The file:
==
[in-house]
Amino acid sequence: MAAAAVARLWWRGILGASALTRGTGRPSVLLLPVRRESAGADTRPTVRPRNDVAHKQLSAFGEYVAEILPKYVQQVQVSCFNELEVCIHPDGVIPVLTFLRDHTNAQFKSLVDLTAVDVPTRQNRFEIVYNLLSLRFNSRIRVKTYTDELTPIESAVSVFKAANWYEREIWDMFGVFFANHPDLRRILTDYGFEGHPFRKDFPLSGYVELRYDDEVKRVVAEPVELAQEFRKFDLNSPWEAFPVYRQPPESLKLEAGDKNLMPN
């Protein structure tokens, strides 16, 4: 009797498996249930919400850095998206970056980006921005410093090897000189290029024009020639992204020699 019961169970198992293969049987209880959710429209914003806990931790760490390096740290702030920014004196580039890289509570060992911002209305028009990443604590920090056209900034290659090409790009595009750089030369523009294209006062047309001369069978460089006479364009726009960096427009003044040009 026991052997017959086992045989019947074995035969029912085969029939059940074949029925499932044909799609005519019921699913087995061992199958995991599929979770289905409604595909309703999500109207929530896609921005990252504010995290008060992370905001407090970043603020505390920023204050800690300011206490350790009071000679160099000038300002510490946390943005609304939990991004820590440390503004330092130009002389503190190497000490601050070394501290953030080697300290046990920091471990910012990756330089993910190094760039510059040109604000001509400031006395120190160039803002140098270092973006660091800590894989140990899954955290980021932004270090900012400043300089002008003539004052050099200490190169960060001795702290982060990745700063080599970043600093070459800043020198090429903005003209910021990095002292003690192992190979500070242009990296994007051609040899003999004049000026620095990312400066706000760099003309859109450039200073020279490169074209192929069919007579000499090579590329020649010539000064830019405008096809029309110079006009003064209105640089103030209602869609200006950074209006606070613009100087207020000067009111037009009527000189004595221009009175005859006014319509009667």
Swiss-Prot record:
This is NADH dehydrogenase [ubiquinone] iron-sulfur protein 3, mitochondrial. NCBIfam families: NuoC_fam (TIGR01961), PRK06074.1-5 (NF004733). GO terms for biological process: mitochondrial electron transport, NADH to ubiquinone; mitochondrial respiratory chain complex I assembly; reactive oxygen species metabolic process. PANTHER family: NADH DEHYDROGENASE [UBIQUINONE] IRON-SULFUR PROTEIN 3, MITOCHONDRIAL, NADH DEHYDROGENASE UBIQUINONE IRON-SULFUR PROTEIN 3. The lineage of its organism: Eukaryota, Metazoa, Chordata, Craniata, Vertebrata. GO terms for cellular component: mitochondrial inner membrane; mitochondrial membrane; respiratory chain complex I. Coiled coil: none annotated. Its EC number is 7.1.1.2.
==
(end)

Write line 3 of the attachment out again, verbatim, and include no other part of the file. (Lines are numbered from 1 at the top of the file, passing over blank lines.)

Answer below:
């Protein structure tokens, strides 16, 4: 009797498996249930919400850095998206970056980006921005410093090897000189290029024009020639992204020699 019961169970198992293969049987209880959710429209914003806990931790760490390096740290702030920014004196580039890289509570060992911002209305028009990443604590920090056209900034290659090409790009595009750089030369523009294209006062047309001369069978460089006479364009726009960096427009003044040009 026991052997017959086992045989019947074995035969029912085969029939059940074949029925499932044909799609005519019921699913087995061992199958995991599929979770289905409604595909309703999500109207929530896609921005990252504010995290008060992370905001407090970043603020505390920023204050800690300011206490350790009071000679160099000038300002510490946390943005609304939990991004820590440390503004330092130009002389503190190497000490601050070394501290953030080697300290046990920091471990910012990756330089993910190094760039510059040109604000001509400031006395120190160039803002140098270092973006660091800590894989140990899954955290980021932004270090900012400043300089002008003539004052050099200490190169960060001795702290982060990745700063080599970043600093070459800043020198090429903005003209910021990095002292003690192992190979500070242009990296994007051609040899003999004049000026620095990312400066706000760099003309859109450039200073020279490169074209192929069919007579000499090579590329020649010539000064830019405008096809029309110079006009003064209105640089103030209602869609200006950074209006606070613009100087207020000067009111037009009527000189004595221009009175005859006014319509009667």